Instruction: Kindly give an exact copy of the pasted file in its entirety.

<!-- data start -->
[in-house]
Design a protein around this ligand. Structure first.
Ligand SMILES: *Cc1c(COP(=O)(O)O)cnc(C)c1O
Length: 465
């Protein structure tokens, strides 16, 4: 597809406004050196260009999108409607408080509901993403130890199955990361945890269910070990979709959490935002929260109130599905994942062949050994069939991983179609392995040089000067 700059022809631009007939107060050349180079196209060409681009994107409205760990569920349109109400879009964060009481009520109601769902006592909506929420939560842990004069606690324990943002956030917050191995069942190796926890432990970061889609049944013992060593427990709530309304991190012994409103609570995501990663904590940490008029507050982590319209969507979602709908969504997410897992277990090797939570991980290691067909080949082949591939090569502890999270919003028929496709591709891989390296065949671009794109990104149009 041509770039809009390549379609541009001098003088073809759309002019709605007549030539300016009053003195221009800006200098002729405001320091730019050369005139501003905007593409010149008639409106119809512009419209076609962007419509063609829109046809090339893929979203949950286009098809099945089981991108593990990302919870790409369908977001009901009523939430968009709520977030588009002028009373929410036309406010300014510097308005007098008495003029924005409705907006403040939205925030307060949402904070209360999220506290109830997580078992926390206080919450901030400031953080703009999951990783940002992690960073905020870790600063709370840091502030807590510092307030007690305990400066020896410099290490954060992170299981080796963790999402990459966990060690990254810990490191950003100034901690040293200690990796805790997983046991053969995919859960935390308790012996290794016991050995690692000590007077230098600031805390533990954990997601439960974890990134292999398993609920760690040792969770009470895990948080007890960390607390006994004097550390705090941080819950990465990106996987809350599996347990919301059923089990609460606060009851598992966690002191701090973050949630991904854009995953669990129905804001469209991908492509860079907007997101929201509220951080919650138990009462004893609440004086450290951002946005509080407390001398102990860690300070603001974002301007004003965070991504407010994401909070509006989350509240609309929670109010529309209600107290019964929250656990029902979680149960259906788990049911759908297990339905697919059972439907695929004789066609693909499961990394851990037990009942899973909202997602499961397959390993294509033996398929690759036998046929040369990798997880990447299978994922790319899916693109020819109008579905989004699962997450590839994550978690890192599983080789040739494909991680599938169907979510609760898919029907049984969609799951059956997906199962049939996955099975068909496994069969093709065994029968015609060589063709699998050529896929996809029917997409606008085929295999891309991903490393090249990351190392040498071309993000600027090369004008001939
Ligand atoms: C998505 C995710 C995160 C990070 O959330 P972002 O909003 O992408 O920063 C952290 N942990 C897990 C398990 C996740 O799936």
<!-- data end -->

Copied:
[in-house]
Design a protein around this ligand. Structure first.
Ligand SMILES: *Cc1c(COP(=O)(O)O)cnc(C)c1O
Length: 465
């Protein structure tokens, strides 16, 4: 597809406004050196260009999108409607408080509901993403130890199955990361945890269910070990979709959490935002929260109130599905994942062949050994069939991983179609392995040089000067 700059022809631009007939107060050349180079196209060409681009994107409205760990569920349109109400879009964060009481009520109601769902006592909506929420939560842990004069606690324990943002956030917050191995069942190796926890432990970061889609049944013992060593427990709530309304991190012994409103609570995501990663904590940490008029507050982590319209969507979602709908969504997410897992277990090797939570991980290691067909080949082949591939090569502890999270919003028929496709591709891989390296065949671009794109990104149009 041509770039809009390549379609541009001098003088073809759309002019709605007549030539300016009053003195221009800006200098002729405001320091730019050369005139501003905007593409010149008639409106119809512009419209076609962007419509063609829109046809090339893929979203949950286009098809099945089981991108593990990302919870790409369908977001009901009523939430968009709520977030588009002028009373929410036309406010300014510097308005007098008495003029924005409705907006403040939205925030307060949402904070209360999220506290109830997580078992926390206080919450901030400031953080703009999951990783940002992690960073905020870790600063709370840091502030807590510092307030007690305990400066020896410099290490954060992170299981080796963790999402990459966990060690990254810990490191950003100034901690040293200690990796805790997983046991053969995919859960935390308790012996290794016991050995690692000590007077230098600031805390533990954990997601439960974890990134292999398993609920760690040792969770009470895990948080007890960390607390006994004097550390705090941080819950990465990106996987809350599996347990919301059923089990609460606060009851598992966690002191701090973050949630991904854009995953669990129905804001469209991908492509860079907007997101929201509220951080919650138990009462004893609440004086450290951002946005509080407390001398102990860690300070603001974002301007004003965070991504407010994401909070509006989350509240609309929670109010529309209600107290019964929250656990029902979680149960259906788990049911759908297990339905697919059972439907695929004789066609693909499961990394851990037990009942899973909202997602499961397959390993294509033996398929690759036998046929040369990798997880990447299978994922790319899916693109020819109008579905989004699962997450590839994550978690890192599983080789040739494909991680599938169907979510609760898919029907049984969609799951059956997906199962049939996955099975068909496994069969093709065994029968015609060589063709699998050529896929996809029917997409606008085929295999891309991903490393090249990351190392040498071309993000600027090369004008001939
Ligand atoms: C998505 C995710 C995160 C990070 O959330 P972002 O909003 O992408 O920063 C952290 N942990 C897990 C398990 C996740 O799936």